[ Introduction ]
[ Pool Inspection for the Home buyer ]
[ Pool Inspection FAQ ] [ Winter Inspection Information ]
[ Selling Your Home With A Pool ] [ Pricing & Sign-up Form ]
Safety ] [ Diving Do's & Don'ts ] [ Emergency Help ]
[ Pool Covers ] [ Maintenance ]
[ A Commentary by Stephen Toff ] [ Contact Us ]

Toff's Pool Inspection

Selling Your Home With A Pool

Inspect the pool
Most Common Questions
Your Pool Cover is Like a Uniform


Inground Swimming Pools, Above Ground Pools, Hot Tubs and Spas have become very popular throughout the USA and are often found as part of your "Home for Sale" package.

No longer can we pretend that the pool or spa doesn't exist. As much as 20% of the homes for sale market place have a substantial water feature. These water exercise and entertainment arenas represent a sizable investment and with a little help from experts in the pool and spa industry, you can learn to accent the positive and avoid the negatives when presenting a pool or Spa for sale with your home. As a buyer, you can become knowledgeable as to what to look for and what questions should be asked.

Inspections on these watery fun items are becoming commonplace as the buyer becomes more sophisticated and learns how to protect themselves during a transaction. Currently the "seller" is hiring pool and spa inspectors more often to pre-inspect theses devices. An in-depth pre-inspection allows the seller to correct deficiencies, present the pool in more positive manner, anticipate necessary negotiations, and take care of minor problems in a leisurely manner.

Leaving the pool as an "unanswered question" can be the undoing of a sale and unnecessary emotional concern. Many people are afraid of swimming pools and swimming pool ownership. These are the people that don't understand the pool and how to enjoy it safely. A well prepared review and inspection of the pool or spa should not only reveal any problems but also discuss the remedies. The buyer is then more comfortable in "knowing" and can more easily proceed with the purchase.

Inspect the Pool

A winterized pool can be inspected, and should be inspected. There is no reason to leave your buyer in the dark about the condition of what might be a sizable investment that the property owner has already made. Most of the time the basic inspection is thorough enough that additional tests or services are seldom needed or suggested.. Placing funds in escrow is undesirable and often unfair to one of the parties involved. A professional pool inspector will not only inform the buyer about the pool deficiencies but will often include comforting remarks about how to remedy problems, different options available and recommended materials and services for them to consider.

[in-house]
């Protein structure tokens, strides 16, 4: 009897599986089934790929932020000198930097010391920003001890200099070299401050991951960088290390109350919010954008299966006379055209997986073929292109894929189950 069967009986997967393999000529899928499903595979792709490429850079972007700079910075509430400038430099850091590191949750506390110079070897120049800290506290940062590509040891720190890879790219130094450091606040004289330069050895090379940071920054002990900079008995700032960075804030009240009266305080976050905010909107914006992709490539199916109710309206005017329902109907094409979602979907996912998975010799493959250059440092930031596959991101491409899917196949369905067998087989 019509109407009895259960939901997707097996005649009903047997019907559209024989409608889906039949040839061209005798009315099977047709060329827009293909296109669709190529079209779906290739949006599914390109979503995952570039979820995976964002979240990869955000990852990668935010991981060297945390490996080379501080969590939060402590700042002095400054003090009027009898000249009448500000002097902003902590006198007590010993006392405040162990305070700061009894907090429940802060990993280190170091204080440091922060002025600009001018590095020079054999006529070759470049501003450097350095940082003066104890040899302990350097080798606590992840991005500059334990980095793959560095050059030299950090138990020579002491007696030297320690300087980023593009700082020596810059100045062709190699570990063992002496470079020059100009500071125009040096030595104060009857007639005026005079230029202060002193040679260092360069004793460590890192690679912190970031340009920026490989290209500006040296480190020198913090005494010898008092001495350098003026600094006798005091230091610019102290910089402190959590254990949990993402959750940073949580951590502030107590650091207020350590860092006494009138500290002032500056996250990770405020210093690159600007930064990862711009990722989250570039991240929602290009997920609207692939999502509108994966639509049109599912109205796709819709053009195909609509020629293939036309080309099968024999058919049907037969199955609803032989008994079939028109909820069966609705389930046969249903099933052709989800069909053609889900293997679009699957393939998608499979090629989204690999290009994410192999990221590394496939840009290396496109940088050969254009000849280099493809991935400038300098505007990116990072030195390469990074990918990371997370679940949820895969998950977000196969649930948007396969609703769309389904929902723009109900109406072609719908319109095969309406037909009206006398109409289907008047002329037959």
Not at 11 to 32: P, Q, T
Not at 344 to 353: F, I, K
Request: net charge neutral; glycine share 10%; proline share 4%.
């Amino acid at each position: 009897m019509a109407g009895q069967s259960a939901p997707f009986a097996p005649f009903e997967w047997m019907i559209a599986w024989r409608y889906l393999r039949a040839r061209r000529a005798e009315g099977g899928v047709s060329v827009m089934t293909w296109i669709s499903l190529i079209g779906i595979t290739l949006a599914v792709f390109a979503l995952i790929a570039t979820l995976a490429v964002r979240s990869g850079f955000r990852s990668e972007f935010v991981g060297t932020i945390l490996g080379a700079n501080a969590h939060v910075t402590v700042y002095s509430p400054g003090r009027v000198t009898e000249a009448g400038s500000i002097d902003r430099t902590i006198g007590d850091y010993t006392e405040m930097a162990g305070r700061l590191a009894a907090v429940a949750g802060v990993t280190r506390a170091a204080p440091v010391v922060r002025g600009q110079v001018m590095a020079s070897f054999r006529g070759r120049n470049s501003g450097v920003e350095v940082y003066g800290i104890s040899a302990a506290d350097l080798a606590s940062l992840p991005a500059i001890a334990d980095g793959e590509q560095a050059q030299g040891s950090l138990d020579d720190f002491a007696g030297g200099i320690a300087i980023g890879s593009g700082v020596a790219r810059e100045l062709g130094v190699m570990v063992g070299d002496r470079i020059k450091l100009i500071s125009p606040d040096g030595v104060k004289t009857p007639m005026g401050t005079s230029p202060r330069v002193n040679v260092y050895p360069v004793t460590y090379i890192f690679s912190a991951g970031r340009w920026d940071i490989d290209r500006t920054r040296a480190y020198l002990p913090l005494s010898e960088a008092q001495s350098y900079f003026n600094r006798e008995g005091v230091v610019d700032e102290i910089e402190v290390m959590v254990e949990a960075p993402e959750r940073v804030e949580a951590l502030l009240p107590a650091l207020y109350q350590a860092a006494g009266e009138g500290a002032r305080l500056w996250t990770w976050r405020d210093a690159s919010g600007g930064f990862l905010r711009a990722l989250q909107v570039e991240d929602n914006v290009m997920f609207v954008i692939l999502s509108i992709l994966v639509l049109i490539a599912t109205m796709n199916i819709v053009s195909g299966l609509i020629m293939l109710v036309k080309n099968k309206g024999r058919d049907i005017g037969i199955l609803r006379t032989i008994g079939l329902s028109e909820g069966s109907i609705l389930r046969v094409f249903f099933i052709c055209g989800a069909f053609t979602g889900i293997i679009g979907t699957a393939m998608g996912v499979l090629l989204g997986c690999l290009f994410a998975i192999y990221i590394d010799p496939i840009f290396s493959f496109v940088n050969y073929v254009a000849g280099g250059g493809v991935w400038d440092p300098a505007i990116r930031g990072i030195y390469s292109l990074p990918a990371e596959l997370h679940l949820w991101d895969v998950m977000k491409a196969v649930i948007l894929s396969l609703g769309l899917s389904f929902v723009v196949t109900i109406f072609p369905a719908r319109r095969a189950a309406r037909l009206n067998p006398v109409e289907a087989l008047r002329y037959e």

An informed buyer can proceed to the next step intelligently and with confidence. If a buyer is informed that the pool needs a lot of repairs but it is structurally sound and worthwhile to invest in, then all parties are aided in being able to proceed to the next step. A pool inspection, particularly in the winter encompasses so much more than what you would first expect. The whole pool environment should be involved in the inspection. Consideration and review must be made of the fence perimeter, the walkway, the deck accessories including the attaching parts of the ladders, handrails, diving boards, and any additional compliments to the pool. The type of equipment, sizing, capacities, plumbing design, electrical considerations in having properly sized circuits, safety controls, GFI's for under-water lighting, secure conduits, proper height of junction boxes, safe step design, smooth cleanable interior surface, secure stable walk-surface perimeter, proper distance of lighting, safe and secure drain design, proper amount of fittings, are but some of the many items that should be considered. Regardless of summer or winter weather, all of the preceding items are verifiable. Even the proper winterization techniques can be verified so that what is being looked at during the inspection will be properly safeguarded through the winter months.

In both the summer and winter months, pressure testing of shallow plumbing lines could be performed if there is suspect of a problem. Problems are indicated by broken and cracked concrete slabs above plumbing. Fittings, wrong types of plumbing parts used, improper plumbing techniques observed, or generally shifting of the pool. The seller sometimes will need to provide written permission for the inspection company to gain access to the plumbing for pressure testing. (This would be when the lines have to be cut.) Normally, pressure testing does not require intrusive methods. There are professional limitations on what lines can be pressure tested without incurring additional charges,. Such information would be presented if such a situation occurs. Deep lines often requires a scuba diver, and is often cost prohibitive compared to alternative remedies if found to be a problem.

There is no way to "guess" at a fair and proper financial consideration for what might be found at a swimming pool. A brand new pool could have significant deficiencies due to poor application techniques or other problems that may have gone unnoticed. The electrician might have been the "brother-in-law" instead of the pool contractor. Significant code changes could occur making you financially exposed to safety infractions that are costly to remedy. The peace of mind that occurs with having a pool inspection completed, helps all parties to proceed.

Many of the safety aspects of a pool are reviewed during the pool inspection. Some parts of the pool may require additional services or man power to make determinations at additional costs. Most of the time, the main considerations are reviewed enough during the normal inspection that additional charges are seldom suggested or incurred.